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A Critical Juncture in Ethiopian-Egyptian Relations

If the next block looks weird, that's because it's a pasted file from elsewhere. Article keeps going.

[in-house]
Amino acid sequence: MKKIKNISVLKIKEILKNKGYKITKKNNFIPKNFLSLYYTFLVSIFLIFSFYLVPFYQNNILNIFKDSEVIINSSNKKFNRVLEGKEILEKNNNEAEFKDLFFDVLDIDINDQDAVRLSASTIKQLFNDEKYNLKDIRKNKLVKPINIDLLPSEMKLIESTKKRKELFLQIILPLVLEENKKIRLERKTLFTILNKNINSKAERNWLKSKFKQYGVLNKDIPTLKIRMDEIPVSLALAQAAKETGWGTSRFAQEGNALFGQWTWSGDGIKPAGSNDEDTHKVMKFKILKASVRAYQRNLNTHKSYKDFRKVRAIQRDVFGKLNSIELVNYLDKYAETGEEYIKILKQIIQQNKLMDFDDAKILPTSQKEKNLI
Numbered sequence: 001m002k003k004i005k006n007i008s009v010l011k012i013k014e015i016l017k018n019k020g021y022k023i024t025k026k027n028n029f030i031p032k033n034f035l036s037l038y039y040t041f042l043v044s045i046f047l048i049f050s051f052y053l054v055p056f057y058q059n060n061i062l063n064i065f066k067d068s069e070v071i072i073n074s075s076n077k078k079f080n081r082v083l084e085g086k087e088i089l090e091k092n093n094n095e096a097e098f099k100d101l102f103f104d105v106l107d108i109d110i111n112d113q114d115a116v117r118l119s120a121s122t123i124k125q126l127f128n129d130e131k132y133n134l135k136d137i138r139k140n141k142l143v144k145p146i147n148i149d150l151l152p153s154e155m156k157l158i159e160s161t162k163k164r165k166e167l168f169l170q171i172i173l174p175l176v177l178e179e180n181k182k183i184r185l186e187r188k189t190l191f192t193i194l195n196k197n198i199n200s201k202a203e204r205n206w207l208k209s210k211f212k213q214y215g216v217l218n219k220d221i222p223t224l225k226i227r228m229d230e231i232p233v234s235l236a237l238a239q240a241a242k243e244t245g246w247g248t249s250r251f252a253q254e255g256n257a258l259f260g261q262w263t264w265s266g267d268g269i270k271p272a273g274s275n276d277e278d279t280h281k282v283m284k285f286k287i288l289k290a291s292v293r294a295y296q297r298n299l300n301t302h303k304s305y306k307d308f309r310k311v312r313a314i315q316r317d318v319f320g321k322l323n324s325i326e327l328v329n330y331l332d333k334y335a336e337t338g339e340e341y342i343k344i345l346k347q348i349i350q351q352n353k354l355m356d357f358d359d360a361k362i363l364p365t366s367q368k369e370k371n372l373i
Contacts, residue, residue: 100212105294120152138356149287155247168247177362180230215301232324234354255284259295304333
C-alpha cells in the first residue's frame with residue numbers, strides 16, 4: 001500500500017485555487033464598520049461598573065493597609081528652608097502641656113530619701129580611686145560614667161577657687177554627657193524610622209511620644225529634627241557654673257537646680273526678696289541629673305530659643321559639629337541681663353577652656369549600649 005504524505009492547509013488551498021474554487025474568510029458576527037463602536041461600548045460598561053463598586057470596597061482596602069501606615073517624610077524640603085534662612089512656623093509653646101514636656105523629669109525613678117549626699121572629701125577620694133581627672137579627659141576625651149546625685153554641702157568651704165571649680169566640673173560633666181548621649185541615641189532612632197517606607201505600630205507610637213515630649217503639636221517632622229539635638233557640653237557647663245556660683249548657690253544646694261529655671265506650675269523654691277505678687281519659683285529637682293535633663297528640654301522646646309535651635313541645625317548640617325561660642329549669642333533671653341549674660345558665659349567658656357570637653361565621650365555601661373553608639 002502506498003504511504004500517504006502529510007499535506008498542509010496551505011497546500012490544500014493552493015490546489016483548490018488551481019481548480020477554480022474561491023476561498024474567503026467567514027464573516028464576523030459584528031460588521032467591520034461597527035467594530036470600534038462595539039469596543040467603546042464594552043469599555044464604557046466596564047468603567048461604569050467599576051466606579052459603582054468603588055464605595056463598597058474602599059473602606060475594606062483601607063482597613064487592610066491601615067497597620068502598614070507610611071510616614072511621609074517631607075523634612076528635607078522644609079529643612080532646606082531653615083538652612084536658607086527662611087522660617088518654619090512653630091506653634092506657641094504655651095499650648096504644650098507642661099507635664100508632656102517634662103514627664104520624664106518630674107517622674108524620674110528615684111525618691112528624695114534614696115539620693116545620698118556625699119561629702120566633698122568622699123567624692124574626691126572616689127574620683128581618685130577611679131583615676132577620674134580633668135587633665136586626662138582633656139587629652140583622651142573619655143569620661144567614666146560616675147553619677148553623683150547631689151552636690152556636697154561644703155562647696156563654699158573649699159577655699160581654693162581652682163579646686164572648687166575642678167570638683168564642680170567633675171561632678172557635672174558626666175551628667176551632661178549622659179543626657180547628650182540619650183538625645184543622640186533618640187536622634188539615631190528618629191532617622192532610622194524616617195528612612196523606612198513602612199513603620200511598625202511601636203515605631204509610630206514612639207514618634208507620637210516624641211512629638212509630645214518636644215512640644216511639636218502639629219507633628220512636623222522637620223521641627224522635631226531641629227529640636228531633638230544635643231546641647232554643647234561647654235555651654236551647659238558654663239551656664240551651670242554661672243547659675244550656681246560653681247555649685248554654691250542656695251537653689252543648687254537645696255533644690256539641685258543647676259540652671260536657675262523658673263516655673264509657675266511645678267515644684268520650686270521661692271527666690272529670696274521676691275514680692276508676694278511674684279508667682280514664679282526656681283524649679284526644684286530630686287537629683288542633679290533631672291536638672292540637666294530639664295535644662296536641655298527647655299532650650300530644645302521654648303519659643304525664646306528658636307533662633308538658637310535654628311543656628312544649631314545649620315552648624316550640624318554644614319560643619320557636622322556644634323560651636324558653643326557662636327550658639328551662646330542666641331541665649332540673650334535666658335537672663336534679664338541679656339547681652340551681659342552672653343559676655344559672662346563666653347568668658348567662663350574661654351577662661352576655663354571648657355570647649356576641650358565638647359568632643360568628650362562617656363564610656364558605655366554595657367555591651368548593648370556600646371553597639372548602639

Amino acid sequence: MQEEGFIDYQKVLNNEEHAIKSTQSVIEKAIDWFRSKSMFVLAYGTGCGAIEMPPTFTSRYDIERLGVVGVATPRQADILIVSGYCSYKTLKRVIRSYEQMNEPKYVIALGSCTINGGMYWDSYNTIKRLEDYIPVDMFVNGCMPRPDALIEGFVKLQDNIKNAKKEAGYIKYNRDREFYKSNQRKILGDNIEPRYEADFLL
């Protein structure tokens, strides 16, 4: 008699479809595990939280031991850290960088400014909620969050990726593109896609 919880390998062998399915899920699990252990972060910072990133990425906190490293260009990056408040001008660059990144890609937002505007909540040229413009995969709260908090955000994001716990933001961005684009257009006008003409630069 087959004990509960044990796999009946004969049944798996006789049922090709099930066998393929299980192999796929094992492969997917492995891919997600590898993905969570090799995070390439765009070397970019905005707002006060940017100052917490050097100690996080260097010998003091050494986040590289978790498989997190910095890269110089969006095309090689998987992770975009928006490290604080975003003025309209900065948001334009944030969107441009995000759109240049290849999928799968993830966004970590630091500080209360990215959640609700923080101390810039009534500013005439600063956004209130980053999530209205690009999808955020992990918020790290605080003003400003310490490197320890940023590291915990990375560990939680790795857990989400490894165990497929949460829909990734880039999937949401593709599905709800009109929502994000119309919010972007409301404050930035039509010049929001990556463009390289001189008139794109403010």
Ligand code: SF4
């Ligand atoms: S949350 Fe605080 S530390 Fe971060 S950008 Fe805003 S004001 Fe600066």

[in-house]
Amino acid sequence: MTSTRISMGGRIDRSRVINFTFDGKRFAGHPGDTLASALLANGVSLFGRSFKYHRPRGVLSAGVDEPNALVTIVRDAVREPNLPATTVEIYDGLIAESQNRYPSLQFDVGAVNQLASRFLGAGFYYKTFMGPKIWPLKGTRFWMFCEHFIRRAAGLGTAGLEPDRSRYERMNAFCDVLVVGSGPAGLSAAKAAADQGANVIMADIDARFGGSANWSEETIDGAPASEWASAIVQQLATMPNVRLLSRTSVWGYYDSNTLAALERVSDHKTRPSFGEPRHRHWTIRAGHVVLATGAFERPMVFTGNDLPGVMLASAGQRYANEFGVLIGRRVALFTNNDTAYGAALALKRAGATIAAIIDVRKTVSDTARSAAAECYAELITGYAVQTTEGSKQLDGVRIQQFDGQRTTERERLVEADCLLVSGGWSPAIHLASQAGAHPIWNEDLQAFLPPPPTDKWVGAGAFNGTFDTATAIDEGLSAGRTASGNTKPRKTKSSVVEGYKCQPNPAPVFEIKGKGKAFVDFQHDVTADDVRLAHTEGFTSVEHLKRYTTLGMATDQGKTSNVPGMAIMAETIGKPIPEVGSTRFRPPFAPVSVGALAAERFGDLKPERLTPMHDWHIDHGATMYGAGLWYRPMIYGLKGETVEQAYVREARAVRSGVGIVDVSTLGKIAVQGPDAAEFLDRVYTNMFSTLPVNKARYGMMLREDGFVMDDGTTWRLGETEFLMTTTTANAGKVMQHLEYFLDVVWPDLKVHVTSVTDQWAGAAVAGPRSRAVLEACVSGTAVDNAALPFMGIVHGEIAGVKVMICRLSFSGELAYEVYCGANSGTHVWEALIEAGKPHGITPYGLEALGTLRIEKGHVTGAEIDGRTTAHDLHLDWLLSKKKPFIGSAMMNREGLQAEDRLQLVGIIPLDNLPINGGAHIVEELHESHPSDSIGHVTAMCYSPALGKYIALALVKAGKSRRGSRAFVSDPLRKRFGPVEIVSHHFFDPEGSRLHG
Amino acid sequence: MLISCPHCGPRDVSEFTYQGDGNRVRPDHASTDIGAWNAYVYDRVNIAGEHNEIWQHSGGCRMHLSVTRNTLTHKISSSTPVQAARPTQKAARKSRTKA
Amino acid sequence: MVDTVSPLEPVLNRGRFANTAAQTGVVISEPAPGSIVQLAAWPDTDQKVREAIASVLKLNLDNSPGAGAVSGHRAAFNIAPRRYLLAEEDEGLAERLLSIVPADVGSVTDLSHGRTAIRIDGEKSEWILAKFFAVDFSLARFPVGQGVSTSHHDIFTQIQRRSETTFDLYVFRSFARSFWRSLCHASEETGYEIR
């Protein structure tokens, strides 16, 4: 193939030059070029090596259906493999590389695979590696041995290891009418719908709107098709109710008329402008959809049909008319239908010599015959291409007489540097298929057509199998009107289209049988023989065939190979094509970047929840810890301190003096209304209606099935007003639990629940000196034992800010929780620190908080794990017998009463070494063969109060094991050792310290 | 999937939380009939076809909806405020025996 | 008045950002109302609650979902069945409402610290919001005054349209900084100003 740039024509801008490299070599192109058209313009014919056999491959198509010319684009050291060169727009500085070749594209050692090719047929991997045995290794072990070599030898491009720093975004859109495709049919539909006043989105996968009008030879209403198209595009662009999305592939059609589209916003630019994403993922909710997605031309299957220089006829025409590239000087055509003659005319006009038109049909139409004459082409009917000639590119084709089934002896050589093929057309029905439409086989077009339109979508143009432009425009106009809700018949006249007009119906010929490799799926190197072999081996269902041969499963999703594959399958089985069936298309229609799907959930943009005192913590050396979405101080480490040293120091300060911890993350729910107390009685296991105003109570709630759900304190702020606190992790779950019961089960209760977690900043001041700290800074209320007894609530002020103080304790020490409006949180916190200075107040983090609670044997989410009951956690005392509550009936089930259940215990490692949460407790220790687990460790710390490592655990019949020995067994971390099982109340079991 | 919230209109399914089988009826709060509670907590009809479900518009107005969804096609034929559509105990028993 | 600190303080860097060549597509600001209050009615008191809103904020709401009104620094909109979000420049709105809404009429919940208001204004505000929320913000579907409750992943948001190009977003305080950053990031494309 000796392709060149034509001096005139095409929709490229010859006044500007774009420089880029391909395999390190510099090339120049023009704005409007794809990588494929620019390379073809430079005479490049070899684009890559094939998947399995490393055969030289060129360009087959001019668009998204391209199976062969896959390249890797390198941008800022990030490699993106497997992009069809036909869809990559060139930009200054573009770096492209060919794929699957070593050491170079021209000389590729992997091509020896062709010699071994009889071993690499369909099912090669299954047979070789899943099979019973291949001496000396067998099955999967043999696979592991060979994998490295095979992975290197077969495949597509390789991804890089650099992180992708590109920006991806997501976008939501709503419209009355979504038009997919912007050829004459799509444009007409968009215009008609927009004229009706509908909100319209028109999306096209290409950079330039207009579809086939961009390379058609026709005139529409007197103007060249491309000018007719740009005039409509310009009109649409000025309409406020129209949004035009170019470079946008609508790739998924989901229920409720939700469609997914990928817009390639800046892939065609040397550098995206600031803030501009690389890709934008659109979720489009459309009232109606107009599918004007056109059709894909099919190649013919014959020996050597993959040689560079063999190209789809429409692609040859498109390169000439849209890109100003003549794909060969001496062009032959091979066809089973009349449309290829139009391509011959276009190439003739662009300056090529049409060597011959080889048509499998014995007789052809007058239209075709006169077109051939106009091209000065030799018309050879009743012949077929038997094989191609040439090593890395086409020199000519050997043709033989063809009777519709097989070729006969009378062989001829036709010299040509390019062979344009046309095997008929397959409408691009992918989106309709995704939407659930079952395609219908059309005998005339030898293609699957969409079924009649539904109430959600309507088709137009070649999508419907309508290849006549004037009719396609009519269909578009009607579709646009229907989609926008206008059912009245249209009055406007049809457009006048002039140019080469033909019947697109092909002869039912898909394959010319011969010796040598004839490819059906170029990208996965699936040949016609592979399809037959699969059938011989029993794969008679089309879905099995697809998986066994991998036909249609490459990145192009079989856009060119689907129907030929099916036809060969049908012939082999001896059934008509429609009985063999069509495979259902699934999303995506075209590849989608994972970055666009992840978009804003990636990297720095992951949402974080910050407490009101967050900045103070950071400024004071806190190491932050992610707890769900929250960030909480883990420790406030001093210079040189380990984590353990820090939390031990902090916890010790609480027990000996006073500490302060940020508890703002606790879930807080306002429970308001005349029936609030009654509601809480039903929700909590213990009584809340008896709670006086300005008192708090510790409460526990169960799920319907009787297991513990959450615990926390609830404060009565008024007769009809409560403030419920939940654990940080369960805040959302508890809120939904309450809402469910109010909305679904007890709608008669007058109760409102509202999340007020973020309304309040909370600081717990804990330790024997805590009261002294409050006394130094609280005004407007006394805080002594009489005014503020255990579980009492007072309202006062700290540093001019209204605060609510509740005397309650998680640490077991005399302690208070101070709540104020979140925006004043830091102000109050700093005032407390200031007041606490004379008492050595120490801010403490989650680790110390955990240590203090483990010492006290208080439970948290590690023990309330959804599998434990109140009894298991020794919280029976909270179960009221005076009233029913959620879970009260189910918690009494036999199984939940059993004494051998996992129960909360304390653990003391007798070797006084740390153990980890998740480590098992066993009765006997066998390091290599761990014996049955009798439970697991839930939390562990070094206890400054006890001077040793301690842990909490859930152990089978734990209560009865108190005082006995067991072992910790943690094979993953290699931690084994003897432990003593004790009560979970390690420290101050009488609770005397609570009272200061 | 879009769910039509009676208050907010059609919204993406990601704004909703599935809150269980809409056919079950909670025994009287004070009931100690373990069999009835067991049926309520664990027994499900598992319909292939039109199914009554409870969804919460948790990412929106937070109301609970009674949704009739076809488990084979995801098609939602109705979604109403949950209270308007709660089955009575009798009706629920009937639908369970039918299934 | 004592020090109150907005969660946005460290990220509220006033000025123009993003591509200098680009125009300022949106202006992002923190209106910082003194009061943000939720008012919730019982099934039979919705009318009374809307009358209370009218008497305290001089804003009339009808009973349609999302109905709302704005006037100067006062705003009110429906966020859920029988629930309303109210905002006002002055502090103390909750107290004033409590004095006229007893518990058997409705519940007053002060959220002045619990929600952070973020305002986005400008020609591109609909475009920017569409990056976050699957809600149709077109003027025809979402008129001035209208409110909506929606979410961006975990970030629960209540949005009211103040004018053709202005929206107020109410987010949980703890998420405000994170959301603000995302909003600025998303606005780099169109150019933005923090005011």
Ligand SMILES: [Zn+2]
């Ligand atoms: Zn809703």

In what can only be interpreted as a blatant act of defiance, Ethiopia launched the second filling of the Renaissance Dam, ignoring international law and turning its back on a diplomatic solution that could end its dispute with both Egypt and Sudan. The second filling took place without any warning or coordination with the downstream countries. According to several experts, the waters diverted for the sake of the filling project could already lead to severe drought in Egypt. So, as it seems, Ethiopia started a real war: an unjustified and blatant assault on the well-established historical rights of Egypt and Sudan to the Nile waters. In carrying out the second filling, Ethiopia overturned the agreement signed between the three countries in 2015, which requires full coordination between Ethiopia, Sudan and Egypt on any filling and operation of the dam. And since this move completely violates the agreement, the Ethiopian move must be viewed as nothing more than an act of piracy. Today, Ethiopia revealed its ugly face, and dropped the fake masks behind which its leaders have been hiding. Ethiopia’s euphemisms and empty promises have been exposed. Just think of the words of Abiy Ahmed, the prime minister of Ethiopia, who only recently swore to the Egyptian people that his country would never harm or undermine Egypt’s access to the Nile waters. The Nile is an existential matter for Egypt. The Egyptian government and people will not accept Ethiopia’s robbery of the Nile waters, which threatens Egypt’s very existence. The Nile has been the source of life in Egypt for over 7,000 years. Ethiopia is mistaken if it believes that the patience of the Egyptian people can be interpreted as weakness. If it persists in its mistake of setting facts on the ground for Egypt, then it will be met with an unequivocal and harsh response. We are nearing our D-Day. Egypt has red lines. It has capabilities to defend its water security and national interests. And it won’t be afraid to do so. – Ali Mahmoud (translated by Asaf Zilberfarb)